The huge currency swap deals that Goldman Sachs arranged with the Greek government were at once completely legal and completely scandalous, says Martin Wolf, the chief economics commentator at the Financial Times.
Though Goldman Sachs has been widely criticized of late for a 2002 deal that helped Greece mask its debt, blaming the bank is something of a "red-ish herring," Wolf said. "Goldman didn't break the law. People knew what they were doing and it wasn't a big deal...it was allowed," Wolf said. "It's another indication of ways in which governments connived with the financial sector all over the world to do things they really shouldn't have allowed to happen."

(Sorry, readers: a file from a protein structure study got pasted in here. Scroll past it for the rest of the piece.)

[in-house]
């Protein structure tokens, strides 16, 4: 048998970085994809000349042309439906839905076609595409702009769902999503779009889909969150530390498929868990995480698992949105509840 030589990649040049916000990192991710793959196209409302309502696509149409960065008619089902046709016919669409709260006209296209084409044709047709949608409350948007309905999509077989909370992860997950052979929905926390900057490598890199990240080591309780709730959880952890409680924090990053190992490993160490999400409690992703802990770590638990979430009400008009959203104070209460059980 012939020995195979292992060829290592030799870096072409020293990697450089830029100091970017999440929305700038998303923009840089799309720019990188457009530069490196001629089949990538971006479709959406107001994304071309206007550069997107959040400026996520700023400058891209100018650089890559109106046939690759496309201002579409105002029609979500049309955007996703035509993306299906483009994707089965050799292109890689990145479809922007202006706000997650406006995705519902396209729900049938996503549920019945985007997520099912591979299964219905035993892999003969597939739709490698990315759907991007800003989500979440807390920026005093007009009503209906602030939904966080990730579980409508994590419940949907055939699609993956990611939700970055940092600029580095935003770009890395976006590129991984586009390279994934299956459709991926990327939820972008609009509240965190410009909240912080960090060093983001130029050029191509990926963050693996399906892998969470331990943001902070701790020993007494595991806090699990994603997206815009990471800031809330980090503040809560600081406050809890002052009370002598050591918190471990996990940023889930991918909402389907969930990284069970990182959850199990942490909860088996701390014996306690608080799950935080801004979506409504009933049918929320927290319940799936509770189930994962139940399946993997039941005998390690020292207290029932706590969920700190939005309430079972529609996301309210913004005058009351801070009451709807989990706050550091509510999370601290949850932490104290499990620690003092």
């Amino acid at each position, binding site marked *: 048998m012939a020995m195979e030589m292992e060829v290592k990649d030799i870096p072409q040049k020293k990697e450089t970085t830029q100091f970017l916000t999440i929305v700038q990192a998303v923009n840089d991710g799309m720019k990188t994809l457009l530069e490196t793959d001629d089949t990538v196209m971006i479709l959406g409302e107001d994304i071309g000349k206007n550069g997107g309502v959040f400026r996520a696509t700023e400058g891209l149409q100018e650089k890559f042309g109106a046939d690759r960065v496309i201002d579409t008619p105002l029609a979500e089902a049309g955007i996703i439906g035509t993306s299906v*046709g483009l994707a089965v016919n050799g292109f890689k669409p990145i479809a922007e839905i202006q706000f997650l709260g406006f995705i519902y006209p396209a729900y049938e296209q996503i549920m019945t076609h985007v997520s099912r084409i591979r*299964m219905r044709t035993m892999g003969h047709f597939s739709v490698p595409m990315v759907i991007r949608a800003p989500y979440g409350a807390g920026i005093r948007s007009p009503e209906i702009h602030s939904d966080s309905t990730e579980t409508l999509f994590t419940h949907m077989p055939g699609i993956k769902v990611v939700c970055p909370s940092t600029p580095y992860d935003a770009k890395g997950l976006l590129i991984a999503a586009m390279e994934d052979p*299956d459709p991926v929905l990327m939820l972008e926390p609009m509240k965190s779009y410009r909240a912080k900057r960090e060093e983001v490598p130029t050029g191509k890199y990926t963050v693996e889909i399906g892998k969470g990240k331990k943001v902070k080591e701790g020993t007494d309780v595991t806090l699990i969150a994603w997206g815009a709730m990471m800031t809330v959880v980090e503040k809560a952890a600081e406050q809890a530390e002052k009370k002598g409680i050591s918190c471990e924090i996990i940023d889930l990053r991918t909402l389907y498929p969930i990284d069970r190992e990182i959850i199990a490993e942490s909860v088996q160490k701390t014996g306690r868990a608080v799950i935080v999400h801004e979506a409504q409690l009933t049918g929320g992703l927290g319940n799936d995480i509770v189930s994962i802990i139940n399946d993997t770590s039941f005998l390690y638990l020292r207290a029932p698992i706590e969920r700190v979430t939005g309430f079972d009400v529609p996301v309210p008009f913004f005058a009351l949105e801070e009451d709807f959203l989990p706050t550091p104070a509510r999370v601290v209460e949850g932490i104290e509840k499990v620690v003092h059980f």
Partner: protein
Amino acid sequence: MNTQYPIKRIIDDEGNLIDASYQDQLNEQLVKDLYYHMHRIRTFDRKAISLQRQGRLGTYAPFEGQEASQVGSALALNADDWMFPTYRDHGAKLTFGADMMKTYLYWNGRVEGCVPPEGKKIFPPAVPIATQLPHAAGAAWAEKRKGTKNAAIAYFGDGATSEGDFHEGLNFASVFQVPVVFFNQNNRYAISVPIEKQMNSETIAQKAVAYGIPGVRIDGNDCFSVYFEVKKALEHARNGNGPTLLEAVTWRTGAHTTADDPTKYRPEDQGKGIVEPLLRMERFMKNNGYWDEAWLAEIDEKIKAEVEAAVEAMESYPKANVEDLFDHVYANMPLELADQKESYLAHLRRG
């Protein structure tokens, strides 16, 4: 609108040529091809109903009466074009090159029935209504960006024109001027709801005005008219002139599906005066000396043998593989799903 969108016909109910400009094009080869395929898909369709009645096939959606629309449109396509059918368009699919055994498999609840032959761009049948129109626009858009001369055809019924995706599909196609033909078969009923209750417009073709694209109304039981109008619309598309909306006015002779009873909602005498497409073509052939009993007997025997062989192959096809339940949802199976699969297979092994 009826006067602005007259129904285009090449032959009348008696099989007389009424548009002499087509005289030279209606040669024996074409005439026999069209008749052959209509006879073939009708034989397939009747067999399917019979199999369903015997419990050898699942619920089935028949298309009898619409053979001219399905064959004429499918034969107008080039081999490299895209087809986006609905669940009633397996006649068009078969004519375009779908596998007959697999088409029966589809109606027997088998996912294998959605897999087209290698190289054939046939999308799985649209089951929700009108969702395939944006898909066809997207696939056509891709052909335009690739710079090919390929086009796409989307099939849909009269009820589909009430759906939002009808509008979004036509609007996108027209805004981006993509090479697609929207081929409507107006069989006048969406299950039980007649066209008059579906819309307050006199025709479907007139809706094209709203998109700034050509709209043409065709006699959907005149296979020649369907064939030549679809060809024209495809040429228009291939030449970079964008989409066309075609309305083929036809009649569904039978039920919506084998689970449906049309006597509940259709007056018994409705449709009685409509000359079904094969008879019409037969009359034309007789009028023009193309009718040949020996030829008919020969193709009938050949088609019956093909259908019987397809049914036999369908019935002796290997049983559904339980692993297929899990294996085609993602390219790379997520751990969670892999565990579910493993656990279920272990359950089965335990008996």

Part of the problem, Wolf argued is that world governments have been allowed to move liabilities off of their balance sheets. In short, they've adopted the Enron playbook. "Enron accounting has unfortunately become a salient characteristic of sovereign balance sheets long before Enron started."
"The accounts of our governments are a scandal. They're complete scandalous and the U.S. is not an exception. It's just one of many governments whose accounts that tell us nothing about the true state of its finances and the long-term obligations association with that. We would never allow that with any private business."